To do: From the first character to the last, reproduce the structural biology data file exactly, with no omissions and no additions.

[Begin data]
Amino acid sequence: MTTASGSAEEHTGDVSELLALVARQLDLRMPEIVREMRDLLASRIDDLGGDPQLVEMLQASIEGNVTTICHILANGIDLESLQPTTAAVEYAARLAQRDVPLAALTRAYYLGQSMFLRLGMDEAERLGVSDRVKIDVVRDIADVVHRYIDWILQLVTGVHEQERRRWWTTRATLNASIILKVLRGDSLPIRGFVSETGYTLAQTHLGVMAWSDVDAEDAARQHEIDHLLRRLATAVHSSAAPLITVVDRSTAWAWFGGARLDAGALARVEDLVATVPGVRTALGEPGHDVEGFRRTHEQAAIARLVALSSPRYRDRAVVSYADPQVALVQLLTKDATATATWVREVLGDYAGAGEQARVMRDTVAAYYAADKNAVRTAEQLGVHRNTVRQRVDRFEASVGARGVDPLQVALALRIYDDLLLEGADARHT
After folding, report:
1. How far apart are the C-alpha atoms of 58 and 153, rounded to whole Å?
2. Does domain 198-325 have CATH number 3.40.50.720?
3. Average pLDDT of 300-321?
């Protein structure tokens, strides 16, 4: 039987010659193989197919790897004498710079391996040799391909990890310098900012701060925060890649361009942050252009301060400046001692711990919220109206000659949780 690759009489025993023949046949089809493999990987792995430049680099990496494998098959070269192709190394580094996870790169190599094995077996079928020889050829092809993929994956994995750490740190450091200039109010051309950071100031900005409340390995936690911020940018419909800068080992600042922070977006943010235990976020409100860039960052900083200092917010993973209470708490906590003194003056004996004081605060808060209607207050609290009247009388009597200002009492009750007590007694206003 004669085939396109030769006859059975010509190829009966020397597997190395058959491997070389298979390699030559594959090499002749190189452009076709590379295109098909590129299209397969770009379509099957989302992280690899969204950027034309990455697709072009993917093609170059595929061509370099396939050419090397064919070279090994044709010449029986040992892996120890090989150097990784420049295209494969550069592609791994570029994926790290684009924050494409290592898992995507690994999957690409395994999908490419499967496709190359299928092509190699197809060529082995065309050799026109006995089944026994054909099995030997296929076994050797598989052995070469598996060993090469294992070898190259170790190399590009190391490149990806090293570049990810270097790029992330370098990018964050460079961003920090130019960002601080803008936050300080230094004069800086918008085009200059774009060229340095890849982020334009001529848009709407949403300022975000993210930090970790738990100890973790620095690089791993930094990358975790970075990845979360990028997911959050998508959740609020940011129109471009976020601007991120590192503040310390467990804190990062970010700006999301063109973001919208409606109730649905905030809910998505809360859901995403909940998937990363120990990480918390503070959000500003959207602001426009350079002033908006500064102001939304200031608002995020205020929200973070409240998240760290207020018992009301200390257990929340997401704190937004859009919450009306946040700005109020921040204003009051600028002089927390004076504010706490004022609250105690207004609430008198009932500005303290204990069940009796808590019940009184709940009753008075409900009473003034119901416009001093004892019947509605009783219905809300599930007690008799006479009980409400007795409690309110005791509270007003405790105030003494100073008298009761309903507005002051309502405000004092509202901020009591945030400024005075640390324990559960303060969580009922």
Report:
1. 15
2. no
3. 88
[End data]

Amino acid sequence: MTTASGSAEEHTGDVSELLALVARQLDLRMPEIVREMRDLLASRIDDLGGDPQLVEMLQASIEGNVTTICHILANGIDLESLQPTTAAVEYAARLAQRDVPLAALTRAYYLGQSMFLRLGMDEAERLGVSDRVKIDVVRDIADVVHRYIDWILQLVTGVHEQERRRWWTTRATLNASIILKVLRGDSLPIRGFVSETGYTLAQTHLGVMAWSDVDAEDAARQHEIDHLLRRLATAVHSSAAPLITVVDRSTAWAWFGGARLDAGALARVEDLVATVPGVRTALGEPGHDVEGFRRTHEQAAIARLVALSSPRYRDRAVVSYADPQVALVQLLTKDATATATWVREVLGDYAGAGEQARVMRDTVAAYYAADKNAVRTAEQLGVHRNTVRQRVDRFEASVGARGVDPLQVALALRIYDDLLLEGADARHT
After folding, report:
1. How far apart are the C-alpha atoms of 58 and 153, rounded to whole Å?
2. Does domain 198-325 have CATH number 3.40.50.720?
3. Average pLDDT of 300-321?
């Protein structure tokens, strides 16, 4: 039987010659193989197919790897004498710079391996040799391909990890310098900012701060925060890649361009942050252009301060400046001692711990919220109206000659949780 690759009489025993023949046949089809493999990987792995430049680099990496494998098959070269192709190394580094996870790169190599094995077996079928020889050829092809993929994956994995750490740190450091200039109010051309950071100031900005409340390995936690911020940018419909800068080992600042922070977006943010235990976020409100860039960052900083200092917010993973209470708490906590003194003056004996004081605060808060209607207050609290009247009388009597200002009492009750007590007694206003 004669085939396109030769006859059975010509190829009966020397597997190395058959491997070389298979390699030559594959090499002749190189452009076709590379295109098909590129299209397969770009379509099957989302992280690899969204950027034309990455697709072009993917093609170059595929061509370099396939050419090397064919070279090994044709010449029986040992892996120890090989150097990784420049295209494969550069592609791994570029994926790290684009924050494409290592898992995507690994999957690409395994999908490419499967496709190359299928092509190699197809060529082995065309050799026109006995089944026994054909099995030997296929076994050797598989052995070469598996060993090469294992070898190259170790190399590009190391490149990806090293570049990810270097790029992330370098990018964050460079961003920090130019960002601080803008936050300080230094004069800086918008085009200059774009060229340095890849982020334009001529848009709407949403300022975000993210930090970790738990100890973790620095690089791993930094990358975790970075990845979360990028997911959050998508959740609020940011129109471009976020601007991120590192503040310390467990804190990062970010700006999301063109973001919208409606109730649905905030809910998505809360859901995403909940998937990363120990990480918390503070959000500003959207602001426009350079002033908006500064102001939304200031608002995020205020929200973070409240998240760290207020018992009301200390257990929340997401704190937004859009919450009306946040700005109020921040204003009051600028002089927390004076504010706490004022609250105690207004609430008198009932500005303290204990069940009796808590019940009184709940009753008075409900009473003034119901416009001093004892019947509605009783219905809300599930007690008799006479009980409400007795409690309110005791509270007003405790105030003494100073008298009761309903507005002051309502405000004092509202901020009591945030400024005075640390324990559960303060969580009922």
Report:
1. 15
2. no
3. 88